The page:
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Study shows nearly $2 billion impact for Indiana's horseracing industry

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Jeff Kubina
/
via Wikimedia Commons
Whether racing on the track or resting at home, racehorses are raking it in.

Horse racing is estimated to be a nearly $2 billion industry that touches every county of Indiana, according to a study from Purdue University. That number represents an industry that has doubled its revenue in the last decade.

Purdue researchers circulated detailed surveys to those involved in racing, covering all aspects of the industry including breeding farms, training facilities, racetrack operations, and other affected businesses.

Jessica Barnes, director of racing and breed development for the Indiana Horse Racing Commission, said the impact of raising racehorses in the state benefits a wide range of Hoosiers.

“When those horses are there, and located in that county, they are utilizing not only green space, they're buying hay grain feed, they're utilizing veterinarian services, they have employees that are taking care of those horses, people are buying trucks, people are buying trailers,” she said. “The impact of horse racing is very far reaching, a lot farther than just seeing that horse race in a race on the racetrack.”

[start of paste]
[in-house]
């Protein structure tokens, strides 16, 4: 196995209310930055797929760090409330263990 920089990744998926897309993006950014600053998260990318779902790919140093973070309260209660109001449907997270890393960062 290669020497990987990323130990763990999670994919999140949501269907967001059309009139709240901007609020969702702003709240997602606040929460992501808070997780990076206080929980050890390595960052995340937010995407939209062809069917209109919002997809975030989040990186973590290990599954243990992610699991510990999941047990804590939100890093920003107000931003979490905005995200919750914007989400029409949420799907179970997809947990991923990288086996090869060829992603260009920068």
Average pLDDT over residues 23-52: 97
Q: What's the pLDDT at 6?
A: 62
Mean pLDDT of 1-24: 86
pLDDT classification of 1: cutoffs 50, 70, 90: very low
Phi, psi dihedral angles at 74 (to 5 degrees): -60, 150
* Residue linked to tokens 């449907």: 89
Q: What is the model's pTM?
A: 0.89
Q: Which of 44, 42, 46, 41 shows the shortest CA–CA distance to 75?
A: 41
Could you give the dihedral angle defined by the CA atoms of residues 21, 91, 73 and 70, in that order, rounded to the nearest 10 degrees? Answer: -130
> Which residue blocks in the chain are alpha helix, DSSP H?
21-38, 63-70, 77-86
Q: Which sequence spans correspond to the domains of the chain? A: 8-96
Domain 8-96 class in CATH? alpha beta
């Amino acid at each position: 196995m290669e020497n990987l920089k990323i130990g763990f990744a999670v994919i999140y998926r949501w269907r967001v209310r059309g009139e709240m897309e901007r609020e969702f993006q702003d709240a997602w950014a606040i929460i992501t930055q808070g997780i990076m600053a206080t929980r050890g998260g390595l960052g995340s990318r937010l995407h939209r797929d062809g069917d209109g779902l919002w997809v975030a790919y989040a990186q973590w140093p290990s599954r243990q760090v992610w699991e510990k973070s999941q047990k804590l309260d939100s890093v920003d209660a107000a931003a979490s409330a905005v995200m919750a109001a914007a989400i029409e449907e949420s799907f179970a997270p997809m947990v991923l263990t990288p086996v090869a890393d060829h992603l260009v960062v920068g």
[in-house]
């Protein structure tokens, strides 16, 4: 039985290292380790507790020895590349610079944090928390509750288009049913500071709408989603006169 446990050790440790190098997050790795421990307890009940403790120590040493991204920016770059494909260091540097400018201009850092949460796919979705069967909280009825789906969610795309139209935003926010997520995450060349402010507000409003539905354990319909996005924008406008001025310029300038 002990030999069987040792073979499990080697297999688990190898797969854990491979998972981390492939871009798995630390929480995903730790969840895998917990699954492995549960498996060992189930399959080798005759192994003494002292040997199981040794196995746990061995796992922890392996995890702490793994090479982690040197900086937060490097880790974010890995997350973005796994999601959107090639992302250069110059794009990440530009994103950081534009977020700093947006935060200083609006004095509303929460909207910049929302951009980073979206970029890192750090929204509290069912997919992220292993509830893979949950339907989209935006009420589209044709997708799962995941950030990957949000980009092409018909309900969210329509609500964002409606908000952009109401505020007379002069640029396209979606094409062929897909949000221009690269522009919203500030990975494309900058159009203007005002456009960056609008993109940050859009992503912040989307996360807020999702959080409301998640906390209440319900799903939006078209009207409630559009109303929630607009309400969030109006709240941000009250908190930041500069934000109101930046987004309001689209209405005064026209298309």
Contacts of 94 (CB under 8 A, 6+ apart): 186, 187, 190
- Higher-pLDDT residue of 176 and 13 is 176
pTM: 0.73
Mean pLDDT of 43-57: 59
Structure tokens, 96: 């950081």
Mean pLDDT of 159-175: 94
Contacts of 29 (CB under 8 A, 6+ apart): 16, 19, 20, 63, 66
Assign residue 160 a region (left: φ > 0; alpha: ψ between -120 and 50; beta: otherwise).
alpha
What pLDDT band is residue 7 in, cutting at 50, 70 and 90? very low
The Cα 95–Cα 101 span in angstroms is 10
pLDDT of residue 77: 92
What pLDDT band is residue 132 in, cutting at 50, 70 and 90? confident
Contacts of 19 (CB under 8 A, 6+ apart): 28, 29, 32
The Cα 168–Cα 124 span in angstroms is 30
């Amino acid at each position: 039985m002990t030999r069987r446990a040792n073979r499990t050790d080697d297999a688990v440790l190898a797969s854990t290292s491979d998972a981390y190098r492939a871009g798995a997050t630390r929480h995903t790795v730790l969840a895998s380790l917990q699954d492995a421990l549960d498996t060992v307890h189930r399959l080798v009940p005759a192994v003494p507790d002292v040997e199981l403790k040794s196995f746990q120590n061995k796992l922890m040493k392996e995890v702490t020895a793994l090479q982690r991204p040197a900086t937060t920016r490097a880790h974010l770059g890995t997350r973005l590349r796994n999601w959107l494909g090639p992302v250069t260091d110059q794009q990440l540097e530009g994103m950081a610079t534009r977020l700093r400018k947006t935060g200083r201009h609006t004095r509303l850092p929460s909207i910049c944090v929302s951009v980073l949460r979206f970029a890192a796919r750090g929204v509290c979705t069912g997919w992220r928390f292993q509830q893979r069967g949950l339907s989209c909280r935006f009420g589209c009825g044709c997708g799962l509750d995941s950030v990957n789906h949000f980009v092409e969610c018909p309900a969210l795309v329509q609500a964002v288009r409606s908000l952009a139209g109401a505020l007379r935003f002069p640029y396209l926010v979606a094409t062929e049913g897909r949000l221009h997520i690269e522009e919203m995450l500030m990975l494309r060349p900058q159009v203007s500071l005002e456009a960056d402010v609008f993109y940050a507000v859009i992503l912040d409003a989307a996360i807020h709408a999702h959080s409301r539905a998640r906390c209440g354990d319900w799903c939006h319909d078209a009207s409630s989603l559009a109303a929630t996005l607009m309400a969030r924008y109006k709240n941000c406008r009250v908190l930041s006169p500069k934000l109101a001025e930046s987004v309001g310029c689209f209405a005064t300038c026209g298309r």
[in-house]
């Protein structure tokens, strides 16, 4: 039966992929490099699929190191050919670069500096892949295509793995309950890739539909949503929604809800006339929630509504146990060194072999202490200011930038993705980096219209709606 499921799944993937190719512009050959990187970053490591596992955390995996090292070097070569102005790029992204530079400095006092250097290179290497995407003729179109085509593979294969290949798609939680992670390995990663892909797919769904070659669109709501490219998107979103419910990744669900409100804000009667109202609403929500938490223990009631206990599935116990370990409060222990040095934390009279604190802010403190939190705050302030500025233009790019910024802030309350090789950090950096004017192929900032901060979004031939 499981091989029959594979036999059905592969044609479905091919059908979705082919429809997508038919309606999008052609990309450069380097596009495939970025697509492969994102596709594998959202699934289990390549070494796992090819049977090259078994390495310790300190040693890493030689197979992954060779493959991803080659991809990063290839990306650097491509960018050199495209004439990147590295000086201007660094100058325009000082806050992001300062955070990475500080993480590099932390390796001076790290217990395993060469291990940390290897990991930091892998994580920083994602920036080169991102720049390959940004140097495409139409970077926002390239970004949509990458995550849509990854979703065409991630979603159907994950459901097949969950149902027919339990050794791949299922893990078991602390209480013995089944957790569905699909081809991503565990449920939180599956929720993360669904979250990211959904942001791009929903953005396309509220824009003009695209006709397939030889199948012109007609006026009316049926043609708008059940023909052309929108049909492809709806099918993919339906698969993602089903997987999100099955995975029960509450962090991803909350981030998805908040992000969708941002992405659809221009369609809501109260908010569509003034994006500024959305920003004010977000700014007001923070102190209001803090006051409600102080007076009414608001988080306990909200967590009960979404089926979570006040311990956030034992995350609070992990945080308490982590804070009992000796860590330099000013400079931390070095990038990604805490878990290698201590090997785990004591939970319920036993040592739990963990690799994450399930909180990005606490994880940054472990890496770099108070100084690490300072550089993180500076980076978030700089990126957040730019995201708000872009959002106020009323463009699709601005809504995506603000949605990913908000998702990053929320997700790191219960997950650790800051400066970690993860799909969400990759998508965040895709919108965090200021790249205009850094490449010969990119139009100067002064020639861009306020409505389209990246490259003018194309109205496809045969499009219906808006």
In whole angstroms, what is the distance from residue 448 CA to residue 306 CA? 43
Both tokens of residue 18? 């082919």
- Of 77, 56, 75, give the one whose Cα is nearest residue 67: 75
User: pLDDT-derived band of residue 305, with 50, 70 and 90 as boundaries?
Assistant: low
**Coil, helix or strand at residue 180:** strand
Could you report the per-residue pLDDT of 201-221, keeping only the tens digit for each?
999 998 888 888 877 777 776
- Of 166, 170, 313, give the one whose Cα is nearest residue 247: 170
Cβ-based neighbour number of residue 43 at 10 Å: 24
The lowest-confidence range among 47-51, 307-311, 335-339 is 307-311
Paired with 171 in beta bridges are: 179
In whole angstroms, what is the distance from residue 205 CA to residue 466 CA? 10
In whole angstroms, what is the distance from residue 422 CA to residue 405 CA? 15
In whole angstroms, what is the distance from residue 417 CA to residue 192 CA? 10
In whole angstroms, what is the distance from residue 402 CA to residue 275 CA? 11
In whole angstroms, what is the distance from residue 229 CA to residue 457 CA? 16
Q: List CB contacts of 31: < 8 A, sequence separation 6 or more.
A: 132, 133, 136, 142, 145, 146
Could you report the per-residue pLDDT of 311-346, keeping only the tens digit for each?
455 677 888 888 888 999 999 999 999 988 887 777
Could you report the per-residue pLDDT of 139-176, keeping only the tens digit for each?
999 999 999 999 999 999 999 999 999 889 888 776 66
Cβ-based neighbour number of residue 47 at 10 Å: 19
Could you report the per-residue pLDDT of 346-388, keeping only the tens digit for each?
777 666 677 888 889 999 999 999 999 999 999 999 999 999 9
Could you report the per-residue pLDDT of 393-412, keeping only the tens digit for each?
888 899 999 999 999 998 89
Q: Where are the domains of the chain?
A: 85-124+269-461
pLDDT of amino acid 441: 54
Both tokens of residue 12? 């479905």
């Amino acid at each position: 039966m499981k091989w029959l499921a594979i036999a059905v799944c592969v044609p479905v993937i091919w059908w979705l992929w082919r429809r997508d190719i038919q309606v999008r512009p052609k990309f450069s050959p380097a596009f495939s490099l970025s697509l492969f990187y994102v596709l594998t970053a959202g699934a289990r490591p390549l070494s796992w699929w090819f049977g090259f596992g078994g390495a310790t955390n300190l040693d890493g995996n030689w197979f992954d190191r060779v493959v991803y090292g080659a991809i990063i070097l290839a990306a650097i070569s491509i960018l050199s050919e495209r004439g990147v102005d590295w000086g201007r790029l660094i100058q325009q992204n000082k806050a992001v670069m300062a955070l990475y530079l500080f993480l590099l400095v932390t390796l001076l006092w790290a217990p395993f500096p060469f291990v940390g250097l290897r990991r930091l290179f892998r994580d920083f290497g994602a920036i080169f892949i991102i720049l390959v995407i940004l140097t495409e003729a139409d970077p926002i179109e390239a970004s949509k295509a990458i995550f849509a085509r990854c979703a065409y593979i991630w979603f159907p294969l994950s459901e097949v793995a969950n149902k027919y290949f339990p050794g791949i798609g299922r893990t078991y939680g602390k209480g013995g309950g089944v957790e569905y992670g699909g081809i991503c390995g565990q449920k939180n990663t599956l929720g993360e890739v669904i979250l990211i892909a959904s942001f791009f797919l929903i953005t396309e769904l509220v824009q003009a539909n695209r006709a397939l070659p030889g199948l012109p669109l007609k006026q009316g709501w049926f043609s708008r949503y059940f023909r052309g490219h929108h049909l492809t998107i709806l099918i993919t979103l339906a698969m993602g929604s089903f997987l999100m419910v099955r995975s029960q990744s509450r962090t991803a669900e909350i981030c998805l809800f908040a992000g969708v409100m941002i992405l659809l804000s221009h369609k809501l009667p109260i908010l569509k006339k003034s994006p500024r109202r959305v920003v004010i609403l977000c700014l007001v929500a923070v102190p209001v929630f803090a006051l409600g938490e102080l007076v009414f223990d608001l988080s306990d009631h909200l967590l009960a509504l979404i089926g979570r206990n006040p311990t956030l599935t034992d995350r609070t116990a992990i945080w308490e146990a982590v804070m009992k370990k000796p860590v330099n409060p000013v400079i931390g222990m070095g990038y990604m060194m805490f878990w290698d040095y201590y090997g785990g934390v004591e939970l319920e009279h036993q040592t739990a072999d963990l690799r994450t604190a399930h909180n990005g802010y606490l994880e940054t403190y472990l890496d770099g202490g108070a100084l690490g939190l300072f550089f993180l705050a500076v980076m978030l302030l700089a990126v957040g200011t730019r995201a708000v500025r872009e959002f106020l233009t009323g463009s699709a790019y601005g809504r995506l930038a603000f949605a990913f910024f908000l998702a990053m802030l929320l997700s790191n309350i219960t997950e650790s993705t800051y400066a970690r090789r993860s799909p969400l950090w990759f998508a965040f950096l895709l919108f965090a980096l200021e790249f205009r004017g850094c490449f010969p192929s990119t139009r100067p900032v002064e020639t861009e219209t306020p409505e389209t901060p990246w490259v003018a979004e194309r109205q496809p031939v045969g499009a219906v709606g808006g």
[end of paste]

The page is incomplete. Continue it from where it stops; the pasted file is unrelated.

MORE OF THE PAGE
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The report noted a 59.2 percent increase in horses owned, trained, or bred from 2007 to 2020. Another statistic showed 25.1 percent of the information reported resulted in an increase in Indiana-owned property with an additional 47.9 percent representing an increase in invested equipment directly related to horse racing.

Barnes attributed a portion of that success to a key piece of legislation in 2008. That year, revenues from the casinos located at the two major racetracks in the state were first allowed to be partially funneled to the horseracing industry.

This year, Indiana will host the Breeder’s Crown for its third time. Barnes said that to be able to host such an event is a testament to the growth of the industry.

“Twenty years ago, I don't think anybody ever thought we would grow enough to be in a position where we would be considered a host of it,” she said. “So that's a very positive thing for Indiana to look at, that we have such a national mark that we can host those prestigious races here.”

Horse racing has been included at county fairs since the late 1800s. Racing for equine athletes has been a staple at the Indiana State Fair annually since the 1930s. The implementation of pari-mutuel racing to the state in 1994 has increased the participation and development of breeding and racing programs in the state.